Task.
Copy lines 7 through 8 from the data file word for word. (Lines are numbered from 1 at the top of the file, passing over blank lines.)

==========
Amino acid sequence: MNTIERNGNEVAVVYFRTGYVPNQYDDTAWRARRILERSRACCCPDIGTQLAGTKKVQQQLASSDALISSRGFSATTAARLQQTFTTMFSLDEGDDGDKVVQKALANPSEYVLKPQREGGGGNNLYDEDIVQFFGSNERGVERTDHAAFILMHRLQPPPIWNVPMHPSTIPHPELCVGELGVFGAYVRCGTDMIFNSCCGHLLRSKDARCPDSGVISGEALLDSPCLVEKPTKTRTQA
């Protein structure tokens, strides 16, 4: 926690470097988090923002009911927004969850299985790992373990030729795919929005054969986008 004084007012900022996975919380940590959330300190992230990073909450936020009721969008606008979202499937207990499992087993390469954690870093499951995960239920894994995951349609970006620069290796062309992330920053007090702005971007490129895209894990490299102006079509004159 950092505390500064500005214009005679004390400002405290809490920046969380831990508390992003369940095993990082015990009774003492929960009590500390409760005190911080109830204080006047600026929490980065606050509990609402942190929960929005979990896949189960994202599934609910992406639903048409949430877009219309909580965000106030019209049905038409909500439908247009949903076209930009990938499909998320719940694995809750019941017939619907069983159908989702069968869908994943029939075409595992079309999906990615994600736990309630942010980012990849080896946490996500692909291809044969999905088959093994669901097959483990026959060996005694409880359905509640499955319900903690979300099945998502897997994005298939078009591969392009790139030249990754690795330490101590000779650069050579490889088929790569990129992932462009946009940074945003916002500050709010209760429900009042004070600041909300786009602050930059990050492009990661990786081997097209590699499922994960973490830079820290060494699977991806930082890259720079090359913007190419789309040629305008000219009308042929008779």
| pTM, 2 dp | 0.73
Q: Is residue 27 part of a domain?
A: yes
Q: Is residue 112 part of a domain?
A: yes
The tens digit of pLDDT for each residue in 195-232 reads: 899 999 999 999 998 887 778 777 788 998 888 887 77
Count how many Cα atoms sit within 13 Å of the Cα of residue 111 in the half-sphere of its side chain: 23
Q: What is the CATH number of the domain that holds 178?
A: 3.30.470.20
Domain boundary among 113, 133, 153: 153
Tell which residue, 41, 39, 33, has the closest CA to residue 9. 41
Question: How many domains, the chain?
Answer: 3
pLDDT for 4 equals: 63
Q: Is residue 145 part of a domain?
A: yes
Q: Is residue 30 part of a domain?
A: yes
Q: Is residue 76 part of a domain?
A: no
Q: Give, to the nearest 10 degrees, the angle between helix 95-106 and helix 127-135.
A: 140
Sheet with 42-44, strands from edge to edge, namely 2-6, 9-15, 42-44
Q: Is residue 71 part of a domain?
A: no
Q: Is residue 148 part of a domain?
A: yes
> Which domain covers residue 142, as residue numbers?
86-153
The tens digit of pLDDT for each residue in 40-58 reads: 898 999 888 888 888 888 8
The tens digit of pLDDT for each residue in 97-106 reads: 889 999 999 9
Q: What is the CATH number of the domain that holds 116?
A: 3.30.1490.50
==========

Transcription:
A: yes
The tens digit of pLDDT for each residue in 195-232 reads: 899 999 999 999 998 887 778 777 788 998 888 887 77